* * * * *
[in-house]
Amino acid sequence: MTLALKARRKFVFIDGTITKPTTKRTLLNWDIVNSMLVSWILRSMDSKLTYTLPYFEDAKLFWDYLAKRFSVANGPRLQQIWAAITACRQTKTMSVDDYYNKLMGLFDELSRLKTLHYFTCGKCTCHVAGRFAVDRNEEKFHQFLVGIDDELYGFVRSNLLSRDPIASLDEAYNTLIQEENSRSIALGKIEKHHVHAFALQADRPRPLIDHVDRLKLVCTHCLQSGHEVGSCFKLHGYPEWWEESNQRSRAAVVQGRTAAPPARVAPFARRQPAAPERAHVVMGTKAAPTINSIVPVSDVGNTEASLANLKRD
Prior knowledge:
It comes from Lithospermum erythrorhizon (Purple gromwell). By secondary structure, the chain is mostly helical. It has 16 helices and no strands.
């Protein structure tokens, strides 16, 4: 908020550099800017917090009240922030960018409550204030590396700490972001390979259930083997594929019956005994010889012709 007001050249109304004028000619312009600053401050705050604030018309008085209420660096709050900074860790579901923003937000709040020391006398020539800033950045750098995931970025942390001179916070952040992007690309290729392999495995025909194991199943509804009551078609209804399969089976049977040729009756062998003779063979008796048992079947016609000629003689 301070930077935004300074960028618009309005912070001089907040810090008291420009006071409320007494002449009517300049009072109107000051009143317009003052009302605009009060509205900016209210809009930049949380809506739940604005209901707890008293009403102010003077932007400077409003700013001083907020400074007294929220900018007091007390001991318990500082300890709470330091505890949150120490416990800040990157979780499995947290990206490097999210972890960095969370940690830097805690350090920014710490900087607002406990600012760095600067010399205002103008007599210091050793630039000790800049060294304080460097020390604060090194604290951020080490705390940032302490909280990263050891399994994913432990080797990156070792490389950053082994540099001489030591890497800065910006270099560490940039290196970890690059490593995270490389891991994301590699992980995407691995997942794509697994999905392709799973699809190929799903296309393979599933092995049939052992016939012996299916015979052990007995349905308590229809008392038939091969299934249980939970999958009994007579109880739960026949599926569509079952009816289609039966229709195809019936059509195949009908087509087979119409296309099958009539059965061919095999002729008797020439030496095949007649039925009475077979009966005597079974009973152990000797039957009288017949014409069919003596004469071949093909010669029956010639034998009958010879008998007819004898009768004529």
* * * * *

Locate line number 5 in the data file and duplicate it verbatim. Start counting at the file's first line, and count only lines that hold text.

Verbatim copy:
């Protein structure tokens, strides 16, 4: 908020550099800017917090009240922030960018409550204030590396700490972001390979259930083997594929019956005994010889012709 007001050249109304004028000619312009600053401050705050604030018309008085209420660096709050900074860790579901923003937000709040020391006398020539800033950045750098995931970025942390001179916070952040992007690309290729392999495995025909194991199943509804009551078609209804399969089976049977040729009756062998003779063979008796048992079947016609000629003689 301070930077935004300074960028618009309005912070001089907040810090008291420009006071409320007494002449009517300049009072109107000051009143317009003052009302605009009060509205900016209210809009930049949380809506739940604005209901707890008293009403102010003077932007400077409003700013001083907020400074007294929220900018007091007390001991318990500082300890709470330091505890949150120490416990800040990157979780499995947290990206490097999210972890960095969370940690830097805690350090920014710490900087607002406990600012760095600067010399205002103008007599210091050793630039000790800049060294304080460097020390604060090194604290951020080490705390940032302490909280990263050891399994994913432990080797990156070792490389950053082994540099001489030591890497800065910006270099560490940039290196970890690059490593995270490389891991994301590699992980995407691995997942794509697994999905392709799973699809190929799903296309393979599933092995049939052992016939012996299916015979052990007995349905308590229809008392038939091969299934249980939970999958009994007579109880739960026949599926569509079952009816289609039966229709195809019936059509195949009908087509087979119409296309099958009539059965061919095999002729008797020439030496095949007649039925009475077979009966005597079974009973152990000797039957009288017949014409069919003596004469071949093909010669029956010639034998009958010879008998007819004898009768004529």